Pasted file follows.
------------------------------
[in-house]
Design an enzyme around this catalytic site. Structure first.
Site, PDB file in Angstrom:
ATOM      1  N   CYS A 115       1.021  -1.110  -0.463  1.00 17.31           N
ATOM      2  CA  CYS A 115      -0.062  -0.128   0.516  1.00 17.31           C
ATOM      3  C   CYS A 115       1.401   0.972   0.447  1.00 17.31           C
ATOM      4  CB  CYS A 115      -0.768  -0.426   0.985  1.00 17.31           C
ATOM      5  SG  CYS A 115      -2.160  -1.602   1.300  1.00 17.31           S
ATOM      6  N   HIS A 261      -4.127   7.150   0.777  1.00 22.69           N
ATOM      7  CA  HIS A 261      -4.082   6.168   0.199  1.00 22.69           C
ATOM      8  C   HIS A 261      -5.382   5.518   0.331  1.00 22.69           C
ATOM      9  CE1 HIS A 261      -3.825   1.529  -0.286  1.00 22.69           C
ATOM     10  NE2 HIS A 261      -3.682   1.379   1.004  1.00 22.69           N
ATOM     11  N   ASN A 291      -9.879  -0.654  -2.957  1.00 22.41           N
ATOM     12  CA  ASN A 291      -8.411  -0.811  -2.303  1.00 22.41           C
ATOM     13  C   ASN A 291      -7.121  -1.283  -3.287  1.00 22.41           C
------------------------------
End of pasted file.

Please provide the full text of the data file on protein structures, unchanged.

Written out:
[in-house]
Design an enzyme around this catalytic site. Structure first.
Site, PDB file in Angstrom:
ATOM      1  N   CYS A 115       1.021  -1.110  -0.463  1.00 17.31           N
ATOM      2  CA  CYS A 115      -0.062  -0.128   0.516  1.00 17.31           C
ATOM      3  C   CYS A 115       1.401   0.972   0.447  1.00 17.31           C
ATOM      4  CB  CYS A 115      -0.768  -0.426   0.985  1.00 17.31           C
ATOM      5  SG  CYS A 115      -2.160  -1.602   1.300  1.00 17.31           S
ATOM      6  N   HIS A 261      -4.127   7.150   0.777  1.00 22.69           N
ATOM      7  CA  HIS A 261      -4.082   6.168   0.199  1.00 22.69           C
ATOM      8  C   HIS A 261      -5.382   5.518   0.331  1.00 22.69           C
ATOM      9  CE1 HIS A 261      -3.825   1.529  -0.286  1.00 22.69           C
ATOM     10  NE2 HIS A 261      -3.682   1.379   1.004  1.00 22.69           N
ATOM     11  N   ASN A 291      -9.879  -0.654  -2.957  1.00 22.41           N
ATOM     12  CA  ASN A 291      -8.411  -0.811  -2.303  1.00 22.41           C
ATOM     13  C   ASN A 291      -7.121  -1.283  -3.287  1.00 22.41           C